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Re: New Northeast Liveboard - First Condensation/Mildew Battle

I remember a story by Fatty Goodlander that I read in Sail Magazine. He was living aboard with his then young wife in Winthrop MA in the winter. She had been sleeping with her head up agains the hull and awoke with her hair frozen to the inside of the hull where condensation had formed. He used a hand hair dryer and hot water to free her. The point of the story was the importance of having a spouse who is a good sport when you live on a boat. Damn, I don't know if I would do it, but good luck to you.
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Re: New Northeast Liveboard - First Condensation/Mildew Battle

I have lived aboard in BC for most of the last 40 winters. I have an inch and a half of spray foam insulation, and an airtight woodstove, so my boat is super dry in winter.
The ceramic bead ,anti condensation, insulating paint addative , sold by Hy Tec sales in Florida , altho grossly overated for it's insulating properites, does help a lot.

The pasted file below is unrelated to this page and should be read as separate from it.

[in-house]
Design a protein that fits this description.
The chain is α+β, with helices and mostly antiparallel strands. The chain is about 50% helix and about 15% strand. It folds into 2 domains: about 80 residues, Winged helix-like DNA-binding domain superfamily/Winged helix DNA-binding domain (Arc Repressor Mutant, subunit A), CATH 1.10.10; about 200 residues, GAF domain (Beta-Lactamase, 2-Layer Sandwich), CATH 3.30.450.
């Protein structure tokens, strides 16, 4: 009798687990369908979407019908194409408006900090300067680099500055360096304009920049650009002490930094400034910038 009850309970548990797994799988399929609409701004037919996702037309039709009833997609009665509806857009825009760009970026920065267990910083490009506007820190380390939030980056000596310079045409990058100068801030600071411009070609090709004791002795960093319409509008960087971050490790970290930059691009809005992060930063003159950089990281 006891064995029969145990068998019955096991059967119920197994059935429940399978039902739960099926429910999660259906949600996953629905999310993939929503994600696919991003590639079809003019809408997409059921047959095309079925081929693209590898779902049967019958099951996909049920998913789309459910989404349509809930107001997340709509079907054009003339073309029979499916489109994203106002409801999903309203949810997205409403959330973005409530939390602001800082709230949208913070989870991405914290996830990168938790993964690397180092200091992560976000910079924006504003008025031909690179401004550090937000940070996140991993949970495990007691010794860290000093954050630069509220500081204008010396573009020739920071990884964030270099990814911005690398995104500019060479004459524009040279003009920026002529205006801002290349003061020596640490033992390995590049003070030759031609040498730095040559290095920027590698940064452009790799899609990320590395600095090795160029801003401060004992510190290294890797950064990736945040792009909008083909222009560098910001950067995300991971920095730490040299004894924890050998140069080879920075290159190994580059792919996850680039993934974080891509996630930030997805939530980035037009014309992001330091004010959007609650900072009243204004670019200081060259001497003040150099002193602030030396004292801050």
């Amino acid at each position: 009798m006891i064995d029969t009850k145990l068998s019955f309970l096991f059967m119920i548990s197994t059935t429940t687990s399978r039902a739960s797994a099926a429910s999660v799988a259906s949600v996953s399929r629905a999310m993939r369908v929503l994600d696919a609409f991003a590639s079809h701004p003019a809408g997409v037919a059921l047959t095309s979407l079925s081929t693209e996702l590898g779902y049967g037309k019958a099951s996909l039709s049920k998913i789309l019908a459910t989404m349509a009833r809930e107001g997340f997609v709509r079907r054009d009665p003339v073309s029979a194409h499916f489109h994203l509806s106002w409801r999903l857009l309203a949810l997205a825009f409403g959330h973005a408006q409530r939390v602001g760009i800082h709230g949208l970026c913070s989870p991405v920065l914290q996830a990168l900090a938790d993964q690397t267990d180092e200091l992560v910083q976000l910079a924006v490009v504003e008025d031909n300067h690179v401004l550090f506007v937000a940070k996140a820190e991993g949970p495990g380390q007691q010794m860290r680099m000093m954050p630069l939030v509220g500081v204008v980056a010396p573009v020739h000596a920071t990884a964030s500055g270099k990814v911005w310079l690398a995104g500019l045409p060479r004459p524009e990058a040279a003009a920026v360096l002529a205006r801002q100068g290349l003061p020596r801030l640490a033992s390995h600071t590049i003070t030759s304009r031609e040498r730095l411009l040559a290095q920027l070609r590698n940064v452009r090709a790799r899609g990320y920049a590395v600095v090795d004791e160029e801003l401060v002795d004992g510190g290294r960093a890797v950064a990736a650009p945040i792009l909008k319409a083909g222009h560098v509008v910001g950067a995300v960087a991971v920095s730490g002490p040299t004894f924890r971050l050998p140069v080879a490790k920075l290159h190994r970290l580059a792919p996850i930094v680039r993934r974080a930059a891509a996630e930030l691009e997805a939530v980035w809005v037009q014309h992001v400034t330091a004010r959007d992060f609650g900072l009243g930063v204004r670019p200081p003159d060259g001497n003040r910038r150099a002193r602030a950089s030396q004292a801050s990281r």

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Re: New Northeast Liveboard - First Condensation/Mildew Battle

OK,,,I am going to steer this this topic in a slightly different direction. The liveaboards posting here seem like a different breed than those who sell their home on retirement and sail away to tropical destinations. I could be wrong, but I imagine liveaboards in colder climates still have jobs and such; they just happen to live on a boat. Is this a fair assessment. If it is, how did it happen? What moved you to move from house or apartment to live on your boat? I am really interested in the stories. If you are married, how do you talk your wife into it? I know I could, and probably would do it if I were alone, but my SO would not even consider it.
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condensation , heat , live aboard , mildew , new england